NDSA raises worry of FMD risk in Namibian proposal | TSLN.com

NDSA raises worry of FMD risk in Namibian proposal

The North Dakota Stockmen’s Association (NDSA) issued comments in opposition to the U.S. Department of Agriculture’s (USDA) Food Safety Inspection Service (FSIS) proposal that would add Namibia to the list of countries whose meat inspection system for boneless fresh beef is adequate for importation into the United States.

The southwestern African nation is seeking the listing to export boneless fresh beef produced south of its Veterinary Cordon Fence (VCF) into the United States. The VCF was built in 1954 to protect producers in the southern region of the country from foot-and-mouth disease (FMD) outbreaks occurring among roaming, native, African buffalo north of the VCF.

NDSA President Steve Brooks, a Bowman, North Dakota, cow-calf and seedstock producer, said that the 86-year-old cattle producers’ trade organization remains concerned about the USDA’s Animal and Plant Health Inspection Service’s (APHIS) lack of recent on-site animal health inspections in Namibia. APHIS inspectors last visited the country 12 years ago.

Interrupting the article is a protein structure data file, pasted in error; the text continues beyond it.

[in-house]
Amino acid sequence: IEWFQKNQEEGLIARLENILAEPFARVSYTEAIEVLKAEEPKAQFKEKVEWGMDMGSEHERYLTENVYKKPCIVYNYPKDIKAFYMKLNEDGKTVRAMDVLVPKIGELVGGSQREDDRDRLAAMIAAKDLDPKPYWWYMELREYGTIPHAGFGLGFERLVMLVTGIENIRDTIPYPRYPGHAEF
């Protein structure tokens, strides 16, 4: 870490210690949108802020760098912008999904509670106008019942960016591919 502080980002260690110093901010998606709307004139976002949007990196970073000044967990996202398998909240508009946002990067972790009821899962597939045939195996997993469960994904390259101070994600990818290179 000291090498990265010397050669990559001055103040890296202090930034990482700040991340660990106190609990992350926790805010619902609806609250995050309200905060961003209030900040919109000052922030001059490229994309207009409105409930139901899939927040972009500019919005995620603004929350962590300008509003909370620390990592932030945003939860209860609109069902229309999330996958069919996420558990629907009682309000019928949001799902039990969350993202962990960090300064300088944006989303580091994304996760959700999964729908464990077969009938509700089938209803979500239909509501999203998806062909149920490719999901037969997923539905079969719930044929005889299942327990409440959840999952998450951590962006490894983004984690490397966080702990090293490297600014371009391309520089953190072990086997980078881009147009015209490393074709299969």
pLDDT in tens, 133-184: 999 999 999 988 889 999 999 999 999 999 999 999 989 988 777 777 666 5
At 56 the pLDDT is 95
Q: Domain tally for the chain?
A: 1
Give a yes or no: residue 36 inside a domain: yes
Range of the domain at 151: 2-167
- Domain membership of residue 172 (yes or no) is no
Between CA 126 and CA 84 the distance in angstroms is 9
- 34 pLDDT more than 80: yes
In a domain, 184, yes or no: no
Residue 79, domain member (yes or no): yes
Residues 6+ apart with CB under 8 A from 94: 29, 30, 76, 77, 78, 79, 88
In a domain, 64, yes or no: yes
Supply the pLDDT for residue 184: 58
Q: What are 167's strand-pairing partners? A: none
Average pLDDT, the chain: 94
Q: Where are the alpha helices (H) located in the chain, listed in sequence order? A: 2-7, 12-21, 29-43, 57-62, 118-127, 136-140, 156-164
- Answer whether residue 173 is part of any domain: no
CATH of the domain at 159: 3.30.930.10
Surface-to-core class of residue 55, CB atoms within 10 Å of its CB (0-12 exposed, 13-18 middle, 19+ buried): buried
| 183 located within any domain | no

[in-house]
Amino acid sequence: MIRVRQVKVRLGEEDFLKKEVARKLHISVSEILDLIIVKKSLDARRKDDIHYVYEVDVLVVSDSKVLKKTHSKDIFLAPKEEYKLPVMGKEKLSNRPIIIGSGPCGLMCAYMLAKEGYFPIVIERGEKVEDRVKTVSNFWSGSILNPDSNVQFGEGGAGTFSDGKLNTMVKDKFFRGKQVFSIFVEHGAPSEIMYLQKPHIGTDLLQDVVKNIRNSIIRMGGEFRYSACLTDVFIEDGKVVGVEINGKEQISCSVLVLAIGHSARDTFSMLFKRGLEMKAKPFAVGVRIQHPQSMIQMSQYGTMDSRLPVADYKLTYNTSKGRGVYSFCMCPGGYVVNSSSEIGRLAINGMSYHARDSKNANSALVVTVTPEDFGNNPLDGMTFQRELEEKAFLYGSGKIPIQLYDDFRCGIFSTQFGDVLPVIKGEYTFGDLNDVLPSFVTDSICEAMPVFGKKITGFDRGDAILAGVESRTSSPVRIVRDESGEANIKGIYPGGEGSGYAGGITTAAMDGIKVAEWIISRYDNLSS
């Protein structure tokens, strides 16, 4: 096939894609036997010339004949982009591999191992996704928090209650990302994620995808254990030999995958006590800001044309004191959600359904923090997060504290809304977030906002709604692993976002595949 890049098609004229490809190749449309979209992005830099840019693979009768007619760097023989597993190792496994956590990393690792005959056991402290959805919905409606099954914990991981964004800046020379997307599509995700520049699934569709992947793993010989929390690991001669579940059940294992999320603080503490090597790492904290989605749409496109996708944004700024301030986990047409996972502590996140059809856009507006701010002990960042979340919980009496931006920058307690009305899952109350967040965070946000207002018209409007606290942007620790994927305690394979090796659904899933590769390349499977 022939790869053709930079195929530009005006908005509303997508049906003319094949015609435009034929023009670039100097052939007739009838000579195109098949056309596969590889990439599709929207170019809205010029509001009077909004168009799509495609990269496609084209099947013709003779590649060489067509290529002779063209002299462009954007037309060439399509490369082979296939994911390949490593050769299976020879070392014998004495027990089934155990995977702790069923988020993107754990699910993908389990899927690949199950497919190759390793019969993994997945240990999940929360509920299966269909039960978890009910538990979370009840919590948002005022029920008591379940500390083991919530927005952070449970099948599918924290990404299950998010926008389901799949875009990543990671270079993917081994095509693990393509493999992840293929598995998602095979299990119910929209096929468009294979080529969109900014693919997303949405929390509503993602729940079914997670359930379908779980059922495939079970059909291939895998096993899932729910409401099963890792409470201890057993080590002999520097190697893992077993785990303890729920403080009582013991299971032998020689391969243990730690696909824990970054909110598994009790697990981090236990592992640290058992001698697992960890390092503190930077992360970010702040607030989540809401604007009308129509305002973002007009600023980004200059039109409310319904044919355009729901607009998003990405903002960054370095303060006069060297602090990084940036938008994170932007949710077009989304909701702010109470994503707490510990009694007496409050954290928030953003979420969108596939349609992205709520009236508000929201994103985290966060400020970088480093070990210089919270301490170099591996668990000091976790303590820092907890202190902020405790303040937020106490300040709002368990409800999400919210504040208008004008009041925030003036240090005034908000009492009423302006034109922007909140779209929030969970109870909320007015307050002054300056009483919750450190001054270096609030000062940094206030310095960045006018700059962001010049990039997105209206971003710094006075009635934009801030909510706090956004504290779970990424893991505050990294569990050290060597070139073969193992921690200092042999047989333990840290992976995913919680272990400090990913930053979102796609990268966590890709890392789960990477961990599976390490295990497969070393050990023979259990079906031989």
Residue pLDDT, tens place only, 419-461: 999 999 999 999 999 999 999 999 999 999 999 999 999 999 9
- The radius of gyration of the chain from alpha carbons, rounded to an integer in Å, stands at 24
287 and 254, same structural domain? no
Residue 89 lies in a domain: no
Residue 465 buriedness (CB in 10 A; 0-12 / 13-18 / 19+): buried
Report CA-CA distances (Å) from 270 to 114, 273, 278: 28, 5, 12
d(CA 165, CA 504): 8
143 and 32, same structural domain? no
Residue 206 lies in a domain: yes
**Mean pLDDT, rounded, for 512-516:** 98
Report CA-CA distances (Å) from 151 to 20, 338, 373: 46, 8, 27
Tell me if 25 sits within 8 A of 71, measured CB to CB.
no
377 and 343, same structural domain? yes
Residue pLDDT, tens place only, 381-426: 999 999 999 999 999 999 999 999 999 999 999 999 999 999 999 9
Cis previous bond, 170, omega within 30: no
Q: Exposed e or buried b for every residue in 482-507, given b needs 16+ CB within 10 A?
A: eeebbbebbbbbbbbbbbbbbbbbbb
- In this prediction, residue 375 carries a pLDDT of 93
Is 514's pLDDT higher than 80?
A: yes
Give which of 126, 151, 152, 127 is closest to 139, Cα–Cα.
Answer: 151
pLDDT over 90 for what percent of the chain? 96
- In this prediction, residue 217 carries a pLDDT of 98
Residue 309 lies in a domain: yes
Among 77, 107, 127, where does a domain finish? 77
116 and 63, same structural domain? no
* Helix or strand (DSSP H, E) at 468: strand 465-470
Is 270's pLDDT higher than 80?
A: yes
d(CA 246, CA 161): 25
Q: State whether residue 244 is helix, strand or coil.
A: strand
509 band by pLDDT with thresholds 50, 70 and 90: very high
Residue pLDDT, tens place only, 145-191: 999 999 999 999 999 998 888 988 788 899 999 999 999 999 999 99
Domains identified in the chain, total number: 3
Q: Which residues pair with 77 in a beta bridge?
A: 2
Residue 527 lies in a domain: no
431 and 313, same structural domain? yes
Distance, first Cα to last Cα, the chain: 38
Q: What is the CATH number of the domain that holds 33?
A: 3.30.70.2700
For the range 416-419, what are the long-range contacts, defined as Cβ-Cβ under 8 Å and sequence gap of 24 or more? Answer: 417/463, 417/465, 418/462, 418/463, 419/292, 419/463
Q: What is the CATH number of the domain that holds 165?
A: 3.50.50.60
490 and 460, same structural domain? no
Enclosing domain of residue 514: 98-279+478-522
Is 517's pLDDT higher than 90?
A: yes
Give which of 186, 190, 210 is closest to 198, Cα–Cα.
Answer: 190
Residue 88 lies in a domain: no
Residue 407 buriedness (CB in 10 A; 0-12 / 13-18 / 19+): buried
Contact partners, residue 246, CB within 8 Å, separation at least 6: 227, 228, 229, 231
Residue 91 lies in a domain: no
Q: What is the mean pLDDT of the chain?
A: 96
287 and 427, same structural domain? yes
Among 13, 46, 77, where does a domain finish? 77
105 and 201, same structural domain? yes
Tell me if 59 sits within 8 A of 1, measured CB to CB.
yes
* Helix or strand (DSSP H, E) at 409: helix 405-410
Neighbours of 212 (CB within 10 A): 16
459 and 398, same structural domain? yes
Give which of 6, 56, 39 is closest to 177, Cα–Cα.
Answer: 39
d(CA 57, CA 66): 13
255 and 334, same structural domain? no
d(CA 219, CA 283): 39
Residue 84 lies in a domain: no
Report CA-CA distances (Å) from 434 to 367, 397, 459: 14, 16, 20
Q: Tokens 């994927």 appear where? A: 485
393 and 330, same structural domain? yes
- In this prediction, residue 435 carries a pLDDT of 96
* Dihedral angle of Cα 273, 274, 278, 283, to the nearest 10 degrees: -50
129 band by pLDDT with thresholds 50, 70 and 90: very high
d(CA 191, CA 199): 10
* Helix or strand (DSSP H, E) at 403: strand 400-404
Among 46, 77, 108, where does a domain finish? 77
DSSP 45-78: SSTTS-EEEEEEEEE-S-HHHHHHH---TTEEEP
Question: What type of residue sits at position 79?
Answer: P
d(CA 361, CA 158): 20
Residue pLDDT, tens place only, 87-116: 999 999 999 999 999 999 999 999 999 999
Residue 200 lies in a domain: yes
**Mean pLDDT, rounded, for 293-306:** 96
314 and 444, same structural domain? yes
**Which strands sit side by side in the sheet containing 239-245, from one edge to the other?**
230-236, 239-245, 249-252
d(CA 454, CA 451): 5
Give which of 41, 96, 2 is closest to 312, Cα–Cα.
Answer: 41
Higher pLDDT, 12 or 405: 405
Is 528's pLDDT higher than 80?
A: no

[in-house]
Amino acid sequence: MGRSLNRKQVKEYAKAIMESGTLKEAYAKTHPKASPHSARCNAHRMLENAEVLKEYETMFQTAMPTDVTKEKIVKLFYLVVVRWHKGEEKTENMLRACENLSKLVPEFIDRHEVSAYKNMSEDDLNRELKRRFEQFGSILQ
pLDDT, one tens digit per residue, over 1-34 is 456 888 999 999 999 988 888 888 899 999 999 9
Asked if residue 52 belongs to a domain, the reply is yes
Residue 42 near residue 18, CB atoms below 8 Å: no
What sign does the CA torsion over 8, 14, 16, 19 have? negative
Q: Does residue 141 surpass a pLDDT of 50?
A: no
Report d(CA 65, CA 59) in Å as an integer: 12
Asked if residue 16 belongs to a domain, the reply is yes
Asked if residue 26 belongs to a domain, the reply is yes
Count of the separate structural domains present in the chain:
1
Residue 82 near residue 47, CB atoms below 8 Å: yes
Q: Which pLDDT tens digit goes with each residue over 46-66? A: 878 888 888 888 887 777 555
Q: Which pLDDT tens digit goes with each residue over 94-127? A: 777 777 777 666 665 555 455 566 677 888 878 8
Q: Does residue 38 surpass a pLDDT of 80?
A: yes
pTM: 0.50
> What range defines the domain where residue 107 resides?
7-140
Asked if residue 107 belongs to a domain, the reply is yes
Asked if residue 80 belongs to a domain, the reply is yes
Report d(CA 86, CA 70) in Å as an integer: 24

“It would be irresponsible to implement this rule without up-to-date site visits that verify the country’s animal health status and ensure that meat can be exported without subjecting the United States to FMD, a highly contagious and economically devastating disease,” Brooks wrote in a comment letter to the USDA. “Our animals, our industry and our economy are at stake.”

While FMD does not pose a food safety threat, it has serious animal health and welfare consequences. The disease is characterized by fever, a loss of appetite, weight loss, lameness and painful blisters in the mouth and on the feet of infected animals.

Since January 2015, FMD cases have been confirmed in both cattle and free-roaming African buffalo originating from the Namibian region north of the VCF.

In his comments, Brooks pointed to deficiencies in the areas of Namibia’s government oversight, statutory authority, food safety regulations, sanitation, and chemical residue and microbiological testing programs. He urged USDA officials to reject the proposal until updated information about the country’s current animal health status is obtained and reviewed and all issues can be addressed.

–North Dakota Stockman’s Association